The busts of Tampa Bay Buccaneers that reside in the Pro Football Hall of Fame in Canton, Ohio are limited, with just the sculptures of Lee Roy Selmon, Warren Sapp and Derrick Brooks prominently displayed.
But that number could be growing soon, as two former Bucs made the cutdown to 25.
On Tuesday night, the Hall announced next year’s semifinalists, and former head coach Tony Dungy, and hard hitting safety and fan favorite John Lynch, are among those that will be debated for election.
Dungy was hired in 1996 after former Cowboys coach Jimmy Johnson and former Gators head coach Steve Spurrier turned down the job offered to them by the Bucs new owner Malcolm Glazer. Dungy coached the Bucs from 1996 to 2001 and led them to four playoff appearances. Dungy, who was fired by the team following the 2001 season, was then hired by the Colts where he went on to became the first African-American head coach to win a Super Bowl. Ironically the win came against the Chicago Bears, who was coached by current Tampa Bay head coach Lovie Smith in the game.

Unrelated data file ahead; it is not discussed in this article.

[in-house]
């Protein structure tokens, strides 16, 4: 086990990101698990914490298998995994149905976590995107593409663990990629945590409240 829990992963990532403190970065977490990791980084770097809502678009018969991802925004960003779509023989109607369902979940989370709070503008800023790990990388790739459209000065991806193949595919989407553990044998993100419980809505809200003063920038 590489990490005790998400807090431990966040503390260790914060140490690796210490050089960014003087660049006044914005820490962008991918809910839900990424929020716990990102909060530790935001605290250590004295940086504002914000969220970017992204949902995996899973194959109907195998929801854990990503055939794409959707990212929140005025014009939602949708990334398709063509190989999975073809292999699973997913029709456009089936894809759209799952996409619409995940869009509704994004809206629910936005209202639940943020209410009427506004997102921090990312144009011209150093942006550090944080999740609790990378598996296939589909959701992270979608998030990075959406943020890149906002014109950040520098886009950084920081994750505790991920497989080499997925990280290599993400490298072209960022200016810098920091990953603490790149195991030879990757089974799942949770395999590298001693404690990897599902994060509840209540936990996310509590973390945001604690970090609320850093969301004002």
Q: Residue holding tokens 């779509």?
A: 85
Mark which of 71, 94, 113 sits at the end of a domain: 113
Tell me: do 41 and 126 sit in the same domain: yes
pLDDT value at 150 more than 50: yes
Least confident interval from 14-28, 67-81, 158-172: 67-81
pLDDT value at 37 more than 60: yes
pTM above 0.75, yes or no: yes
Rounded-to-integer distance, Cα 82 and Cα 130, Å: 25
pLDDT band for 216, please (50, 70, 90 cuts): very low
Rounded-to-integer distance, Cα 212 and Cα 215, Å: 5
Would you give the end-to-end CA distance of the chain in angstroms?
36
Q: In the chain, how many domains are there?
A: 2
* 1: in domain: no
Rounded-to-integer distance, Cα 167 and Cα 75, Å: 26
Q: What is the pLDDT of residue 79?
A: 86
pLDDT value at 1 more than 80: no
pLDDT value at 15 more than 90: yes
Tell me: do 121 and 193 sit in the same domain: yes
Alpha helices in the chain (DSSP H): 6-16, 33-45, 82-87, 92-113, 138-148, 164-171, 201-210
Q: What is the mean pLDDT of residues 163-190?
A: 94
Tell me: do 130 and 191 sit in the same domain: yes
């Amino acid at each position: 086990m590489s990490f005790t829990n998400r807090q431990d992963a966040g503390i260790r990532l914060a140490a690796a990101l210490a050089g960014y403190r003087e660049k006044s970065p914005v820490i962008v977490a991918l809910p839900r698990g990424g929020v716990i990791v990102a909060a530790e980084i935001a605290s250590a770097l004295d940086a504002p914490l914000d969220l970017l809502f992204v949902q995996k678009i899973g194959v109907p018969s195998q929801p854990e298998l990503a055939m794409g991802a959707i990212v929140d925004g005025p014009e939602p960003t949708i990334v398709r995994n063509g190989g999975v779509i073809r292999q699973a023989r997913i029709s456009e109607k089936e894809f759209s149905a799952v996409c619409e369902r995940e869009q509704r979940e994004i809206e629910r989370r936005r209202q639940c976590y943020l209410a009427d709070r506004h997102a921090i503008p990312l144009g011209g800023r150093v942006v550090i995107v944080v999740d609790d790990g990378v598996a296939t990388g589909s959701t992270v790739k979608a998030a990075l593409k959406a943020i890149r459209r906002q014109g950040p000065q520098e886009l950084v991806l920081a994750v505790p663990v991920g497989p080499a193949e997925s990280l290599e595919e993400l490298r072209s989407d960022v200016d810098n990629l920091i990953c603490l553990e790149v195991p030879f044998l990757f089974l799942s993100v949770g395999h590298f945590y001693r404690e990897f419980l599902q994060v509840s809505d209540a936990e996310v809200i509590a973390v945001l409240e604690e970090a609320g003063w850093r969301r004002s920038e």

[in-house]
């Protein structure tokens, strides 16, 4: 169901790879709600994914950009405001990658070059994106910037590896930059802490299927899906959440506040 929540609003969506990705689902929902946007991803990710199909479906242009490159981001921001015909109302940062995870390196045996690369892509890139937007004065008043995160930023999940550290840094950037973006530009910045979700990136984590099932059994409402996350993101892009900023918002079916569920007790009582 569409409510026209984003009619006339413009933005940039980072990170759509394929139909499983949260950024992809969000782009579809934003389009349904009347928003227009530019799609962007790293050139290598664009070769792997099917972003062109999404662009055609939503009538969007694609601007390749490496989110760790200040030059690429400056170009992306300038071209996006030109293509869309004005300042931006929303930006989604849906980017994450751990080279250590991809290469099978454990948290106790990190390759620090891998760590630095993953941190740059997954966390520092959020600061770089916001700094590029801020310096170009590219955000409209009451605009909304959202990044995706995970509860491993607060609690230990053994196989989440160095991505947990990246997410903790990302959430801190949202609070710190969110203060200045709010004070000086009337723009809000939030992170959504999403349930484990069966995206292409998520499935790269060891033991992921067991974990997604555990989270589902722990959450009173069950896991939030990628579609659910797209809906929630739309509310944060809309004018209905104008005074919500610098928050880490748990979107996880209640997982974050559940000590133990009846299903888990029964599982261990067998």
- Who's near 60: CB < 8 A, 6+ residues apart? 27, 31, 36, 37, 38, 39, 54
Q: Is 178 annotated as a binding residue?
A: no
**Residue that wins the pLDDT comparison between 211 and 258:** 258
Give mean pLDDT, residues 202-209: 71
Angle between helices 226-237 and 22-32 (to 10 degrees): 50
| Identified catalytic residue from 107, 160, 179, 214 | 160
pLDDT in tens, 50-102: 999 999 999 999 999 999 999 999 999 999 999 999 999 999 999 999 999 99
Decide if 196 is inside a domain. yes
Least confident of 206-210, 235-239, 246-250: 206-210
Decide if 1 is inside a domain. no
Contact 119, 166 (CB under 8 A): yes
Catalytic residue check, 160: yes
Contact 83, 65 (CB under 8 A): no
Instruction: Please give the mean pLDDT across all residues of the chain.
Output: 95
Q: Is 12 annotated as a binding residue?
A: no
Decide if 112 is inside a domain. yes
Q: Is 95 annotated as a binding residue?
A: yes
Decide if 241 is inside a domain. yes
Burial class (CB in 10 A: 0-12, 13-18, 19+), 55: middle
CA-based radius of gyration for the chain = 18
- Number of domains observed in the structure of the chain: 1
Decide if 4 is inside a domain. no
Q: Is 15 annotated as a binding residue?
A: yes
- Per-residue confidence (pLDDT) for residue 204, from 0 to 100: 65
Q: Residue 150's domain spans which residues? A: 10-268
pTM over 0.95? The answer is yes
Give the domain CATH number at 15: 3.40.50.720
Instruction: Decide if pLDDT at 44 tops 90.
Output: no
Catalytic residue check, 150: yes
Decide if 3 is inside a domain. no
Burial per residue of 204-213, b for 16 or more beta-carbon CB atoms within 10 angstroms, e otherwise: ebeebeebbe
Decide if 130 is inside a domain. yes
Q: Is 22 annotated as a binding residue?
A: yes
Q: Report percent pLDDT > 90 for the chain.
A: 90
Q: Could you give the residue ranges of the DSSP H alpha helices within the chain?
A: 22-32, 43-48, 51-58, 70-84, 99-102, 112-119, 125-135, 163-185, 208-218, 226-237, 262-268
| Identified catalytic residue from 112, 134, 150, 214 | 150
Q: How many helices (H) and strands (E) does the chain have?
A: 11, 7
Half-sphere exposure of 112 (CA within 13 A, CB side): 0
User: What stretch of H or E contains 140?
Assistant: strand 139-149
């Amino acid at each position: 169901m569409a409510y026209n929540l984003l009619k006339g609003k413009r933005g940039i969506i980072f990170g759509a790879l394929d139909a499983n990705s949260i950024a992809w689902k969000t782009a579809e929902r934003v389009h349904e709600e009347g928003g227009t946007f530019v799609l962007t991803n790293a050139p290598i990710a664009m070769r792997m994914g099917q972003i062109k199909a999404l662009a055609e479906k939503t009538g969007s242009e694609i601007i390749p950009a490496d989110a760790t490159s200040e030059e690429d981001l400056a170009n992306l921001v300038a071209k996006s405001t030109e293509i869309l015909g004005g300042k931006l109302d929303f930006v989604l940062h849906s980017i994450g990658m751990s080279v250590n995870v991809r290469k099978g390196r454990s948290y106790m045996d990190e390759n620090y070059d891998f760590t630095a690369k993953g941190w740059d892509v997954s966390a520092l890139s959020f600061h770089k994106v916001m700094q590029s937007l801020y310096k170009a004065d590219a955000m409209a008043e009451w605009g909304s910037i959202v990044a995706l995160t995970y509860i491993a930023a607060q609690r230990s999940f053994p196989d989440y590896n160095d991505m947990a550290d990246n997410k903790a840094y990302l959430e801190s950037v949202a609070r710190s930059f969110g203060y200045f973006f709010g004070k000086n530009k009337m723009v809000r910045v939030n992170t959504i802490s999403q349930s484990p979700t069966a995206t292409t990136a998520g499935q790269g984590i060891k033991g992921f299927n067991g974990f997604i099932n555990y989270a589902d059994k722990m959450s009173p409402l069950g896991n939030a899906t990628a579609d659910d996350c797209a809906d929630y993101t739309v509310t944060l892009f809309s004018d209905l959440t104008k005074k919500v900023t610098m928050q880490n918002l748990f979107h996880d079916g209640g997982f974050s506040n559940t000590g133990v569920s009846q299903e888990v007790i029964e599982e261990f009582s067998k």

Lynch was known for his ferocious style of play and hard hits on the field, but a gentle personality once the game was over. Lynch played 11 seasons for the Bucs, then four more for the Denver Broncos. The former Stanford star finished his Tampa Bay career with 973 tackles, which ranks him fifth all-time in team history.
Bucs SS John Lynch & DT Warren Sapp – Photo by: Getty Images
The 2016 class will be announced on January 31 but both Lynch and Dungy face some tough competition, as former Packers QB Brett Favre is almost certainly a first ballot Hall of Famer. Others who the Bucs duo will have to compete against include Terrell Owens, Steve Atwater, Roger Craig and Jimmy Johnson, just to name a few.
Buccaneers.com Senior Writer Scott Smith recently published an excellent case for Lynch on the teams website and you can read it here.